But we are long past the observation that a theme like 'Leia's Theme' hardly is an intimate musical portrait of Carrie Fisher (a more pro-active theme like Rey's would have been in order) - a certain boldness is required to sell that concept and that's what i meant with showman genius: it was a gargantuan success and Williams time and time again had a good nose how much musical extravagance he could piggyback on his movies. 

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1 hour ago, publicist said:

If Yoda's Theme would really represent the heart of the character, it would draw from the Force theme. That it doesn't shows me that Williams really has scored the concept of a wise, kind mentor and imho wasn't too concerned about the peculiar green muppet on screen or his role in the story (he does that in some of the string pizzicati fleetingly). Mind you that isn't a criticism (as fans tend to get very defensive about stuff like that), just an observation. 

 

But we are long past the observation that a theme like 'Leia's Theme' hardly is an intimate musical portrait of Carrie Fisher (a more pro-active theme like Rey's would have been in order) - a certain boldness is required to sell that concept and that's what i meant with showman genius: it was a gargantuan success and Williams time and time again had a good nose how much musical extravagance he could piggyback on his movies. 

The bolded sounds like an entirely arbitrary requirement. Instead of fashioning Yoda's Theme from the Force Theme, JW transitions from one to the other seamlessly in several places in ESB. True Yoda's Theme mainly expresses his wisdom and his place as a mentor, but his theme also works perfectly for the comedic moments in the film and the other moments I mention, meaning it suits Yoda's character quite well. I don't see how you can say Yoda's Theme doesn't fit the character or his role in the story.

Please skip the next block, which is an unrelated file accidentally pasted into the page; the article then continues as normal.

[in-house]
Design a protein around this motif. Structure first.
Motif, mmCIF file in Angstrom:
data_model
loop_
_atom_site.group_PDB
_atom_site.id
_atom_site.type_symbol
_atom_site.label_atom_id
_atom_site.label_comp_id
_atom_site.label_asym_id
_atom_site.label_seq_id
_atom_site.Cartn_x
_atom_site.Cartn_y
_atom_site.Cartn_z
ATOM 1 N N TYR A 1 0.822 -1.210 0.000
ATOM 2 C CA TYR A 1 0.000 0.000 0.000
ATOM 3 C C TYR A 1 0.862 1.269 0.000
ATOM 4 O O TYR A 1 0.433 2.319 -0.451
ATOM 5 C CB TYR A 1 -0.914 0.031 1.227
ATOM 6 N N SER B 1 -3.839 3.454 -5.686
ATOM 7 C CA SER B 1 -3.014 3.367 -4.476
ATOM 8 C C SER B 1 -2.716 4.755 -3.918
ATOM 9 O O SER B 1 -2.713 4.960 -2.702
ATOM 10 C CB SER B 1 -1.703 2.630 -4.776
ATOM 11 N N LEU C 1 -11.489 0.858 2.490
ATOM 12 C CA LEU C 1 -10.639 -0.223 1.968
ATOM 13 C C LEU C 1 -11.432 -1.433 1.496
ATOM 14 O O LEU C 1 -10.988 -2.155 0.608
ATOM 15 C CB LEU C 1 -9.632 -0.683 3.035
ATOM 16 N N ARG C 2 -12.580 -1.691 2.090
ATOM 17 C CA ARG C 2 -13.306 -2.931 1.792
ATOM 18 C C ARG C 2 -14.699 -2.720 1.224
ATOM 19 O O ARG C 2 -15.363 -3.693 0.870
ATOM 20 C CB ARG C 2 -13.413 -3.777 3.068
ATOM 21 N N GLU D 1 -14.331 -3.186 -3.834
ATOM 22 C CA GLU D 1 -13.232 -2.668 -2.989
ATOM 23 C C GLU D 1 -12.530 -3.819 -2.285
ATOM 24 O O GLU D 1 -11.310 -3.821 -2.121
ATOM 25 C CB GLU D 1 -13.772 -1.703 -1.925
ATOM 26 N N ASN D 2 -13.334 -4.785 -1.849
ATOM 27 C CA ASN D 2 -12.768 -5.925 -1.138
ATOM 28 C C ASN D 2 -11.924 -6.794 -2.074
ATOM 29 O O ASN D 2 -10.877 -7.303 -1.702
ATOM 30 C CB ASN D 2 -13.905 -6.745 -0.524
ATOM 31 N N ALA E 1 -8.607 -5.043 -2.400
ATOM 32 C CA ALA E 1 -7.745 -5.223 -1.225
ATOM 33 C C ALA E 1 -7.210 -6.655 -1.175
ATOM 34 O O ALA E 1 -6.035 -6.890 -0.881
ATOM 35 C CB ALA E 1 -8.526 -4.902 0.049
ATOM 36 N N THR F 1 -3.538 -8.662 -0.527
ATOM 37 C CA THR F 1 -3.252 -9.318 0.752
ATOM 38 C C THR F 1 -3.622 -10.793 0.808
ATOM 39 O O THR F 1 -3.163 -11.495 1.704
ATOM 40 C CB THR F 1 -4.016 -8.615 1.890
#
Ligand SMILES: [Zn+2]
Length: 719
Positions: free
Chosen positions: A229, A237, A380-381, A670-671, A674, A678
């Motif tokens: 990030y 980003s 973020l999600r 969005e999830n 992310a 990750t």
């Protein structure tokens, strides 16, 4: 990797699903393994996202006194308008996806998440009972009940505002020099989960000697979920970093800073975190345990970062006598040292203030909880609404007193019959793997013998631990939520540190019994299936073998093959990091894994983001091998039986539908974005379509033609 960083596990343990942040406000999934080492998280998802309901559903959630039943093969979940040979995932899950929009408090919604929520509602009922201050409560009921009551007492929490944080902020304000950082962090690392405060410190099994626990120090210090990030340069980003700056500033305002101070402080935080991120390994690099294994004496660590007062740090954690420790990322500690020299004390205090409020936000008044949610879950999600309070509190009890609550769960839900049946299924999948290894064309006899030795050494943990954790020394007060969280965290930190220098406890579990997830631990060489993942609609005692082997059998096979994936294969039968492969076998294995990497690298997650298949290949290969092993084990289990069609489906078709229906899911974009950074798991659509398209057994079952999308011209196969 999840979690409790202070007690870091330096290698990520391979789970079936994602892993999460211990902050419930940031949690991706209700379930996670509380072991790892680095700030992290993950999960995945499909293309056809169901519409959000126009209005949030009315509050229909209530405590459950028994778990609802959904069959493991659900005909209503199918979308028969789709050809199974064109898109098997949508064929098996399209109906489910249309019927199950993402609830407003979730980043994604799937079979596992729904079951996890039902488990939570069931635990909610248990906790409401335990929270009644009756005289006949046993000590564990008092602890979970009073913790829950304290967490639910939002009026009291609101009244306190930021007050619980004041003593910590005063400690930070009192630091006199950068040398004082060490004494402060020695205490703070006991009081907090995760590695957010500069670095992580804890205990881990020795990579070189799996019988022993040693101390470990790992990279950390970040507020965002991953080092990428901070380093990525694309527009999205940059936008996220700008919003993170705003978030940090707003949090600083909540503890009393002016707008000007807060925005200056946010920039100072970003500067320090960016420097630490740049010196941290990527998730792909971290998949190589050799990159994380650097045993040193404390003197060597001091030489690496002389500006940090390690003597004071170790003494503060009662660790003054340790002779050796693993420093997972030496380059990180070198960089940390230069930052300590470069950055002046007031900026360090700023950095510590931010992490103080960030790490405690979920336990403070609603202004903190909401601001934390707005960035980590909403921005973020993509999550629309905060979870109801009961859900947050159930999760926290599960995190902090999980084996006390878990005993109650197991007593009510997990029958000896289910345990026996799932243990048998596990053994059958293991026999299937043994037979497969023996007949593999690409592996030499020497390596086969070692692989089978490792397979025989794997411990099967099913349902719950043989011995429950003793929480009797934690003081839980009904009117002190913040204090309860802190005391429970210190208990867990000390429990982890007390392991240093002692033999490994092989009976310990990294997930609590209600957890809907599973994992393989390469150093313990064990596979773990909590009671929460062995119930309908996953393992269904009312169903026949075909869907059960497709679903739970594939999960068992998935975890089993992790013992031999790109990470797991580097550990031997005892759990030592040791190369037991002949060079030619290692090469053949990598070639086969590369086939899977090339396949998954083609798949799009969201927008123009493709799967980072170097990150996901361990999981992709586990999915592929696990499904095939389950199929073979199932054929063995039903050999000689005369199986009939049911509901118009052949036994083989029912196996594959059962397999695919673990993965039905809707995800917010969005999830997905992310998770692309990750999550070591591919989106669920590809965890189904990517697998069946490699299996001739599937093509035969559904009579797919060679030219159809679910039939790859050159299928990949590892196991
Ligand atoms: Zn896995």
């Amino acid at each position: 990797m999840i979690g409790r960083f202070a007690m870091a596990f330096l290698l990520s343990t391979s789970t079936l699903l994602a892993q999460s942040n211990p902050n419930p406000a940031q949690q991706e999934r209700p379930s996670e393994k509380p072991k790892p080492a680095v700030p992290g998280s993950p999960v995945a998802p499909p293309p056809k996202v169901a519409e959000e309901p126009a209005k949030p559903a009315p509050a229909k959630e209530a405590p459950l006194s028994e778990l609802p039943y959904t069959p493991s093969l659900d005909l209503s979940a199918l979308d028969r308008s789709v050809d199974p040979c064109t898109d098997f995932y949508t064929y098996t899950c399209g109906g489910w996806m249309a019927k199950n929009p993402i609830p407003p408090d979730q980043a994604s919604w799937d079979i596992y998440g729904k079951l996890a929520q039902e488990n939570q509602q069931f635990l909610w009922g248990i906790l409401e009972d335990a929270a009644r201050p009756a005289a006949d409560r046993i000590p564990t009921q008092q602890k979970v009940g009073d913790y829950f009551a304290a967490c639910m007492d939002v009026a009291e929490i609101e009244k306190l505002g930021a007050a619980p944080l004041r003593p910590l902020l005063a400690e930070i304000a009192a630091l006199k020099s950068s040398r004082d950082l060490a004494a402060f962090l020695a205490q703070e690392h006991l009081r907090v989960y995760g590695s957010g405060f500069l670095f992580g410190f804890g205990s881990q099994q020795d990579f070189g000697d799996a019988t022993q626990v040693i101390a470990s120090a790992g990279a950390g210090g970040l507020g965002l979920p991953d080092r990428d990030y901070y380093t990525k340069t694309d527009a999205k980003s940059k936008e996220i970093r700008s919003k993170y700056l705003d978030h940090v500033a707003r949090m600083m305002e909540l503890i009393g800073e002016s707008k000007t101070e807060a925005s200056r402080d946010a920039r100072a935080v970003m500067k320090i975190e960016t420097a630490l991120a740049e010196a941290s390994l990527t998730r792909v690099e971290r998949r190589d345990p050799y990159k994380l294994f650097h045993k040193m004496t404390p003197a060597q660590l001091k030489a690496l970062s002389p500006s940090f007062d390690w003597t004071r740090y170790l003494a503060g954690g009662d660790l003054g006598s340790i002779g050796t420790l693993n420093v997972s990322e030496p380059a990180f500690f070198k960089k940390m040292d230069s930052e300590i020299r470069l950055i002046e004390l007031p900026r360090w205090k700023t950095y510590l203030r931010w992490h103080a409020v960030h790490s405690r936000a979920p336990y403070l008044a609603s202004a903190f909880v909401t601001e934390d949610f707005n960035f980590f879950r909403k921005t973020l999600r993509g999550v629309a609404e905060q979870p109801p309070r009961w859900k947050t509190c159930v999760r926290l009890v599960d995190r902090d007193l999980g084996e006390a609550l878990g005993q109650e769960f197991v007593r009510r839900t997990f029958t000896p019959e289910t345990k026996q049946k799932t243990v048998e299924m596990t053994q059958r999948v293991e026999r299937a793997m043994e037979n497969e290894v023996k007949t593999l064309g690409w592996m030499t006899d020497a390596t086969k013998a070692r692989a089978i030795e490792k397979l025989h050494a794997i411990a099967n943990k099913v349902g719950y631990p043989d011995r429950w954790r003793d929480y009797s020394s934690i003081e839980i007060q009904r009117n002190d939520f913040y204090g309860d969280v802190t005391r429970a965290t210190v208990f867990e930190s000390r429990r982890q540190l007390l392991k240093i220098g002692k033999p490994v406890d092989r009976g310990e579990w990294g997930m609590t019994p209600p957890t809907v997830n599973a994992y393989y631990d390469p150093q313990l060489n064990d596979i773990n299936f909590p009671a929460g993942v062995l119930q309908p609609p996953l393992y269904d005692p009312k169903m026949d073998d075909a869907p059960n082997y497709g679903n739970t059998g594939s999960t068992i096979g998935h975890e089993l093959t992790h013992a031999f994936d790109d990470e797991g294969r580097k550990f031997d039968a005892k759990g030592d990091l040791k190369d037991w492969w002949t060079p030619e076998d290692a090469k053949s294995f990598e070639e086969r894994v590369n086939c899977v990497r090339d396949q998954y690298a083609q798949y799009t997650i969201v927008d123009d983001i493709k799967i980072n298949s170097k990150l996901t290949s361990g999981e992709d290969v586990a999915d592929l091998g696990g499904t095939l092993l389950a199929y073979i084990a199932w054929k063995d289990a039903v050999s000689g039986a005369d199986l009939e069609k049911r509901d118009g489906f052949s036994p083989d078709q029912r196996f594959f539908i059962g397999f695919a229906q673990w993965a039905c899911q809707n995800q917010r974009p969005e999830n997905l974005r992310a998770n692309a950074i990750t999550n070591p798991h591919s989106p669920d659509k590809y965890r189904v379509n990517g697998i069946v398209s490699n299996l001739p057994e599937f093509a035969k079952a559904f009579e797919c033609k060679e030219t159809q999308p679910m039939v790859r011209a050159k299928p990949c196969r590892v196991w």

I agree with what you say about Leia's Theme. There JW scored a classic sounding piece of music that fit the fantasy concept of a beautiful and delicate princess, not the brash, funny character Leia actually was. I think that was very intentional on his part and of course it worked very well. But

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I agree with what you say about Leia's Theme. There JW scored a classic sounding piece of music that fit the fantasy concept of a beautiful and delicate princess, not the brash, funny character Leia actually was. I think that was very intentional on his part and of course it worked very well. But

leia through luke's eyes (originally)

 

 

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2 hours ago, Mr. Big said:

 

I wish Mutt's "greaser" motif (as heard in during first introduction at the train station) had been developed further in the score.  

 

 

I agree. Cool little one-off moment that really fits the character well.

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7 hours ago, artguy360 said:

I don't see how you can say Yoda's Theme doesn't fit the character or his role in the story.

 

I do because it was one of the themes i early on found distracting - that his theme may be related to the Force Theme would make makes sense in a leitmotivic way - he is even more a carrier of the force than Ben - but i know that Williams not worked strictly in  that idiom. 

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7 hours ago, Oboejdub said:

 

leia through luke's eyes (originally)

 

 Good point, at their core, these are themes for archetypes...Hero, villain, damsel, wise sage, bumbling clown, etc.

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34 minutes ago, Stefancos said:

 

JW is the best!!!! Rey's Theme is the most beautiful movie song in the world!

Agreed! 

 

The melody of Rey's Theme might actually allow for a decent song though.  Perhaps Celine Dion could sing it...

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5 hours ago, Mr. Big said:

Agreed! 

 

The melody of Rey's Theme might actually allow for a decent song though.  Perhaps Celine Dion could sing it...

Let's call that whole thing off right now.